Joly, German counterpart defend decision to return turbines covered under Russian sanctions

·3 min read
Foreign Affairs Minister Mélanie Joly and her German counterpart, Annalena Baerbock, tour the Port of Montreal on Wednesday. (Paul Chiasson/The Canadian Press - image credit)
Foreign Affairs Minister Mélanie Joly and her German counterpart, Annalena Baerbock, tour the Port of Montreal on Wednesday. (Paul Chiasson/The Canadian Press - image credit)

Canada and Germany's foreign ministers are insisting Canada's controversial decision to send turbines used in a Russian natural gas pipeline back to Germany was necessary while refuting Russian claims that the sanctions are stopping their transfer.

Canada's Foreign Affairs Minister Mélanie Joly met with German Foreign Minister Annalena Baerbock in Montreal on Wednesday to discuss Russia's invasion of Ukraine and the war's implications on energy and food prices.

In July, Canada said it would grant a Canadian company an exemption on Russian sanctions and allow the export to Germany of six turbines under maintenance in Montreal that are part of the Nord Stream 1 pipeline, which runs from Russia to Germany.

But since then, Russia has reduced natural gas supplies through the Nord Stream 1 pipeline to Germany citing technical issues that Germany says are an excuse for a political power play.

Gazprom, the Russian state-owned company that operates the pipeline, has claimed maintenance on one turbine that has already been returned was not in line with the contract with Siemens Energy.

During a media conference with Joly on Wednesday, Baerbock criticized Russian President Vladimir Putin for using energy as a "game" to create disunity between Canada, Germany and other allies.

"Our strongest weapon is unity within this alliance," Baerbock said. "There is no chance, not even a single inch that Putin is successful in splitting us."

Justin Tang/The Canadian Press
Justin Tang/The Canadian Press

That decision to grant a sanction exemption on the turbines angered Ukrainian President Volodymyr Zelenskyy, who called Canada's actions unacceptable.

Joly reiterated her government's position that the decision to grant the exemption was a "difficult" one, but echoed her German counterpart's criticism of Russia and Putin.

"It is now clear that Putin is weaponizing energy flows to European. The world sees through his game," Joly said.

German chancellor inspects turbine

German Chancellor Olaf Scholz inspected the turbine Wednesday in Germany and said "there are no problems" blocking the part's return to Russia, apart from missing information from Russia's state-controlled gas company, Gazprom.

Gazprom last week said the cut in gas supplies to Germany was because the turbine's delivery has been delayed due to Western sanctions, a claim it repeated Wednesday. The company specifically wants documents from Siemens proving that the turbine isn't subject to Western sanctions, Kremlin spokesman Dmitry Peskov said.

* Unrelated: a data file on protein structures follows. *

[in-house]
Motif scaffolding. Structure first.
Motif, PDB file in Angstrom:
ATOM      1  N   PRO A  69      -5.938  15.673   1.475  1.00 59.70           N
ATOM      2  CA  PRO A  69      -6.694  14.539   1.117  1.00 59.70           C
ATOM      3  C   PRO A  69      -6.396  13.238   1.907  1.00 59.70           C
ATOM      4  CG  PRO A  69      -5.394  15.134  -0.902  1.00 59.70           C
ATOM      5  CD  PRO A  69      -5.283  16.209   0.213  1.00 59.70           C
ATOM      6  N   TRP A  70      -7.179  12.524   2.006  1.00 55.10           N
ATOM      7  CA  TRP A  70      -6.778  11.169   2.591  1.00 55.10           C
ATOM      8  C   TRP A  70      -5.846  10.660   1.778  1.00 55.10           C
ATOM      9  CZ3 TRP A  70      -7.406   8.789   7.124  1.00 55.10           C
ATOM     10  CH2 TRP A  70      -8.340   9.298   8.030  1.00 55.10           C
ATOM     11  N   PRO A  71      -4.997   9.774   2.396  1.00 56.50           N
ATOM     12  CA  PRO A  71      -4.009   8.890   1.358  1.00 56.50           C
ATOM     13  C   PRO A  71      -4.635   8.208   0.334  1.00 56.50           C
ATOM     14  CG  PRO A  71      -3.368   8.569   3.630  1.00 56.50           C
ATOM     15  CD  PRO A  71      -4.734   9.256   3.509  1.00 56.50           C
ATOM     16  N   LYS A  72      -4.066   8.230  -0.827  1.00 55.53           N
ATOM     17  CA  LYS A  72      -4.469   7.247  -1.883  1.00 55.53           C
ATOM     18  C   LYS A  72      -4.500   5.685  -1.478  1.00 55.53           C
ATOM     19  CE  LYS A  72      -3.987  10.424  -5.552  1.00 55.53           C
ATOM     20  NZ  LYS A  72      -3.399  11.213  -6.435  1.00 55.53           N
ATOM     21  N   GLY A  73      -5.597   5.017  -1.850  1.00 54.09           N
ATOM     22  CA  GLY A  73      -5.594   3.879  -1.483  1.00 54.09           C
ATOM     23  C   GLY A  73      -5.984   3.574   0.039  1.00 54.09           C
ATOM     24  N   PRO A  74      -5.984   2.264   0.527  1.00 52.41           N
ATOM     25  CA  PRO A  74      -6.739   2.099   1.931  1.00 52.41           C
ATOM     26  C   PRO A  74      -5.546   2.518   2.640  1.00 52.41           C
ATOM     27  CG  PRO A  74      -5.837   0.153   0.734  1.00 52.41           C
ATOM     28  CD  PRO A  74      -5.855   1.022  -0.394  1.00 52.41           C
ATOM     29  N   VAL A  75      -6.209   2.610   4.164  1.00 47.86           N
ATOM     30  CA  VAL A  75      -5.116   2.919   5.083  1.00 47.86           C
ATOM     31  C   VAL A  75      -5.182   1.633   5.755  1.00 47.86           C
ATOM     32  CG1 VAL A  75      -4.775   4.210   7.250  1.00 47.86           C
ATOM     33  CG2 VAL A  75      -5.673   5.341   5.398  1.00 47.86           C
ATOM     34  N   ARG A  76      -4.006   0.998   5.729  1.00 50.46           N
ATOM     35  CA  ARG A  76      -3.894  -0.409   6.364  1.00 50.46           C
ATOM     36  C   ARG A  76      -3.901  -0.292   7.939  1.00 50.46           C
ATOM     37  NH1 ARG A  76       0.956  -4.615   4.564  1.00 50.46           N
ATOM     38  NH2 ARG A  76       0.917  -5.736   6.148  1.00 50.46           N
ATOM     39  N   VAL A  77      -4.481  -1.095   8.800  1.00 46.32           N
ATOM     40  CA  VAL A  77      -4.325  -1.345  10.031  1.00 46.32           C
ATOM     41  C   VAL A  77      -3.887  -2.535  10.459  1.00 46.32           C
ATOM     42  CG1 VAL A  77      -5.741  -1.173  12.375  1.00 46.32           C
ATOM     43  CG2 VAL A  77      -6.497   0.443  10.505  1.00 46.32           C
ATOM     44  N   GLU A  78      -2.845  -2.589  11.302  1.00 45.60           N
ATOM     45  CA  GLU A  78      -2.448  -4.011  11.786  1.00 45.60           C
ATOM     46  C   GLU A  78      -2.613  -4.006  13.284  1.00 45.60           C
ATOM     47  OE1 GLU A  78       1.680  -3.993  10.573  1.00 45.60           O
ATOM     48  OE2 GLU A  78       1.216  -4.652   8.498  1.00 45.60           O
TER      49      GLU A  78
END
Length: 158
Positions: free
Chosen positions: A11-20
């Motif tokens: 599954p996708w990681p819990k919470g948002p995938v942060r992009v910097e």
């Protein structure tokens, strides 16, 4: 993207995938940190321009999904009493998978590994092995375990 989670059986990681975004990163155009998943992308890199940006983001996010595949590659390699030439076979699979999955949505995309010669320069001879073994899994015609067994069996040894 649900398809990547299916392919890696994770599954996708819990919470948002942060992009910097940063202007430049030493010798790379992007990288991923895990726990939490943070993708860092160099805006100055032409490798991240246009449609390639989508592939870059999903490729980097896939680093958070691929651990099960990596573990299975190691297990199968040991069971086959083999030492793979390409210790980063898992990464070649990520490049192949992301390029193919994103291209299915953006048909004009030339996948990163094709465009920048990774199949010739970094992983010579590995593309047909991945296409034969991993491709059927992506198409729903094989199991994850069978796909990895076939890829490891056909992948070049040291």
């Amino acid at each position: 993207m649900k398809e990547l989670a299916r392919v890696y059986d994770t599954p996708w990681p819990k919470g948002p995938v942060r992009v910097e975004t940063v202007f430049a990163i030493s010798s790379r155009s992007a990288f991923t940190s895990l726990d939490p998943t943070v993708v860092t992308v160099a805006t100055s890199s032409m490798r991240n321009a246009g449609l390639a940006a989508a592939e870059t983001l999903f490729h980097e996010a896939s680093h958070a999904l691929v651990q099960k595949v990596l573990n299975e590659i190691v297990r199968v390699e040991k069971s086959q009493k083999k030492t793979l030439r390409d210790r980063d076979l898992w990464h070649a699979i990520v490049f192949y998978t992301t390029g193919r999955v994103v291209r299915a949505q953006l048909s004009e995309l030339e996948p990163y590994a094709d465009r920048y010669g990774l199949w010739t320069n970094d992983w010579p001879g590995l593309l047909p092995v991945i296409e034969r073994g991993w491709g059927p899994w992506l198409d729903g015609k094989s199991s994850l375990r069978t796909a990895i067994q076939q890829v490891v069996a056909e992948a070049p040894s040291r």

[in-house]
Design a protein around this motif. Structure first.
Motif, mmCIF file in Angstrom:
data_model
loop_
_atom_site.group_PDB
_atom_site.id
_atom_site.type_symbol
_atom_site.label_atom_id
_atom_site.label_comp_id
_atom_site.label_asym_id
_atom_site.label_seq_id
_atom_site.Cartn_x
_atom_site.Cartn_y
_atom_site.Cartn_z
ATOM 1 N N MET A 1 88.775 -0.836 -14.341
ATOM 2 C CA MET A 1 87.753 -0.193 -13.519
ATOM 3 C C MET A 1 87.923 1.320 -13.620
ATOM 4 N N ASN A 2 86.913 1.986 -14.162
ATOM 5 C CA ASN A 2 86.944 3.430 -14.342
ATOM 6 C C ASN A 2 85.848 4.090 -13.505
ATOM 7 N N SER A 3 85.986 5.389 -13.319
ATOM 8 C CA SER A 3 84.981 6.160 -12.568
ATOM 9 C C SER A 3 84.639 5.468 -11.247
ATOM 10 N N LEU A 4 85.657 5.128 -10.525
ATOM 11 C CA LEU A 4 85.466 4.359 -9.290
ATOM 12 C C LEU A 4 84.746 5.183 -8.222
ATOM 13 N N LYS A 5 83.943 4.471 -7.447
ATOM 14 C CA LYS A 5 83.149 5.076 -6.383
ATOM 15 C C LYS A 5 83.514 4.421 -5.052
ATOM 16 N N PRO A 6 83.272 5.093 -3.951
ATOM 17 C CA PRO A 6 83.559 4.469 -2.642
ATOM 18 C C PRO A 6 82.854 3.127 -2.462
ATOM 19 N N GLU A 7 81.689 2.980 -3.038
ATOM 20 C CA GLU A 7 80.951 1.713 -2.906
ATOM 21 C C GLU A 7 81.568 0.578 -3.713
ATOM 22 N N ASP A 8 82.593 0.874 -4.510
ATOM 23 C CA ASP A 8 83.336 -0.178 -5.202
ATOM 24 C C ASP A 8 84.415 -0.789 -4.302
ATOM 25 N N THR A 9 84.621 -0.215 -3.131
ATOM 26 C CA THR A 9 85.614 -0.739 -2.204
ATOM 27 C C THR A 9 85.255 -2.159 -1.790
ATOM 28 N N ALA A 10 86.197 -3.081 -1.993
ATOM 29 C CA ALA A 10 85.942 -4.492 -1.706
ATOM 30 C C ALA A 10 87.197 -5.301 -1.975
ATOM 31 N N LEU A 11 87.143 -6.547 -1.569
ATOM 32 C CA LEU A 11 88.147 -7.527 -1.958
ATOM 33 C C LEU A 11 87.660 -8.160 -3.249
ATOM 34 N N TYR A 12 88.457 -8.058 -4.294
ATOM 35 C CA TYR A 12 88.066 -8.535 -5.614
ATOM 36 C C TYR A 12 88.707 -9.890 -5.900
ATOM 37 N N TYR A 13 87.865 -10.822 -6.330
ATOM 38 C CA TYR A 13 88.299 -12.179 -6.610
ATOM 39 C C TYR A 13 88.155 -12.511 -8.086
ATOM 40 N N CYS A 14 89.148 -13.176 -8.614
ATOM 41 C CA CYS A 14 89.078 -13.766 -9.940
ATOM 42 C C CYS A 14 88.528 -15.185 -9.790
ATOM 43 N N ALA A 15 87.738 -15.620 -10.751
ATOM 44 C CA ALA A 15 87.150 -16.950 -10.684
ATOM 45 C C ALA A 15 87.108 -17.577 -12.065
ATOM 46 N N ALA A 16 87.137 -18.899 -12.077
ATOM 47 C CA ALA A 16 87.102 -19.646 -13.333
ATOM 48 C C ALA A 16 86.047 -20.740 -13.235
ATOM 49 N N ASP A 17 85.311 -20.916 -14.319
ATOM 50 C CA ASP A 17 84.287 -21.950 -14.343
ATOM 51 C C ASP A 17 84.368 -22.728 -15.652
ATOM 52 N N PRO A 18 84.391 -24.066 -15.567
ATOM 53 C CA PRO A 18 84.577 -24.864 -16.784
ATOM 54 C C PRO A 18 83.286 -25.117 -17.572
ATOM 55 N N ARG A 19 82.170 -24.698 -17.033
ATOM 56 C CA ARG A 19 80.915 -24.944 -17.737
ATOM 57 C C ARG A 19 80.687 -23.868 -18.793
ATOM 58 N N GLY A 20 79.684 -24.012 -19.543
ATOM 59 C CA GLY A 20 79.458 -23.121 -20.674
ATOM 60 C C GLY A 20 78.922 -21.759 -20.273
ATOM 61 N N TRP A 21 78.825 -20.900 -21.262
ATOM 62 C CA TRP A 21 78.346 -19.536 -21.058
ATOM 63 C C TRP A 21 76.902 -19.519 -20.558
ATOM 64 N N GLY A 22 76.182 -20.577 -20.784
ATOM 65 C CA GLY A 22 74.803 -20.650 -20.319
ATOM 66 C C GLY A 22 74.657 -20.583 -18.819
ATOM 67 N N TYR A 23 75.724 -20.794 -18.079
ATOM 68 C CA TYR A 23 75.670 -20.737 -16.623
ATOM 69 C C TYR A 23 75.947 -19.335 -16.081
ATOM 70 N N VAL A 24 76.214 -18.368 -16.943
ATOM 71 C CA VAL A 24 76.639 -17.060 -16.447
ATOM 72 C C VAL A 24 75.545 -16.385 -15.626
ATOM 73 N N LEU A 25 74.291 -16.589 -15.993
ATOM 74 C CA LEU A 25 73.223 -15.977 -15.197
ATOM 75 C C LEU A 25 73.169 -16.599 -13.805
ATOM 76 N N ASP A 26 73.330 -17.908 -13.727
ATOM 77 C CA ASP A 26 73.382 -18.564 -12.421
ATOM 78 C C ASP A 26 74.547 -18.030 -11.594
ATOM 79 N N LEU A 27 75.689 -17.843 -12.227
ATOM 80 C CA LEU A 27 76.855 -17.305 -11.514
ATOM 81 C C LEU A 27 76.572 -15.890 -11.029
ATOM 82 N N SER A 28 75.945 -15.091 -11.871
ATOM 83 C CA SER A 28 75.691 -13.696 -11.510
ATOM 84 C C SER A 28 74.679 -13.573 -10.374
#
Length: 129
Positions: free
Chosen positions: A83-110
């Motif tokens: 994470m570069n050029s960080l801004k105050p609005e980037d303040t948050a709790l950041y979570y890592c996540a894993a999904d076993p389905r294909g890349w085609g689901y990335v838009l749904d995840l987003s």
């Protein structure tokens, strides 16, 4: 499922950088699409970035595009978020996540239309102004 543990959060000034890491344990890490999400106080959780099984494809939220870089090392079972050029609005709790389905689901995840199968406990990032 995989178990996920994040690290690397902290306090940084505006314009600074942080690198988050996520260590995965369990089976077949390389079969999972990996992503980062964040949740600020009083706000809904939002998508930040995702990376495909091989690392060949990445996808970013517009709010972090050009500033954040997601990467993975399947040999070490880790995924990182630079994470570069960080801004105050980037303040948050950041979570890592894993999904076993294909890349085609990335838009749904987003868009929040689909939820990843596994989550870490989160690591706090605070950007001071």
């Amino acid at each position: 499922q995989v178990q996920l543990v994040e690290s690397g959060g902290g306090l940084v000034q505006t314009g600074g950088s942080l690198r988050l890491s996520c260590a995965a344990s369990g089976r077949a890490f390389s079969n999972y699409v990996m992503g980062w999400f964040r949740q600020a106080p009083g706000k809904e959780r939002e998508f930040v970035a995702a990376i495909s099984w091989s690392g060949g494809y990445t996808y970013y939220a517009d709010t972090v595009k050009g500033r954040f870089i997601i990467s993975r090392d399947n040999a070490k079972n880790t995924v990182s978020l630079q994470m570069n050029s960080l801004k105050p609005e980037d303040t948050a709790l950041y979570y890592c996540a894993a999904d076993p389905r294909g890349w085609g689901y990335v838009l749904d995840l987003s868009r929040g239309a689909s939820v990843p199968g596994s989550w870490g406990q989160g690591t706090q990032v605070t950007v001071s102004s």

But in an interview with CBC's Power & Politics airing Wednesday, Joly said she doesn't buy Gazprom's claims.

"We haven't trusted Russia since the invasion, this won't change," she told host Catherine Cullen.

During the press conference, Joly also denied she or her staff had any "specific" information about a direct threat to Ukrainian staff members at Canada's embassy in Kyiv.

Joly was asked whether the government abandoned Ukrainian staff members in Kyiv. The Globe and Mail reported that before the Russian invasion, Global Affairs Canada had information that Moscow had compiled so-called "hit" lists of Ukrainian nationals to be detained or even killed during the occupation. Embassy leaders in Kyiv were told to withhold this information from local staff, according to the Globe.

"Never did I or the department have any information [about] targeting locally engaged staff," Joly said in response, adding that Ukrainian staff in Kyiv were offered the option to come to Canada.

Later on Power & Politics, Joly was specifically asked if there was a specific threat toward the local embassy staff or if she was only unaware of a threat.

"We were not aware of any specific threat," Joly responded.  "We've done everything that was required, as in such circumstances, to protect our locally engaged staff."

Joly added that on the day of the invasion, she was "on the phone with our top Canadian diplomat in Ukraine, Larissa Galarza, the ambassador, to make sure that the staff was well treated and at the same time that they would have access to pathways to come to Canada."

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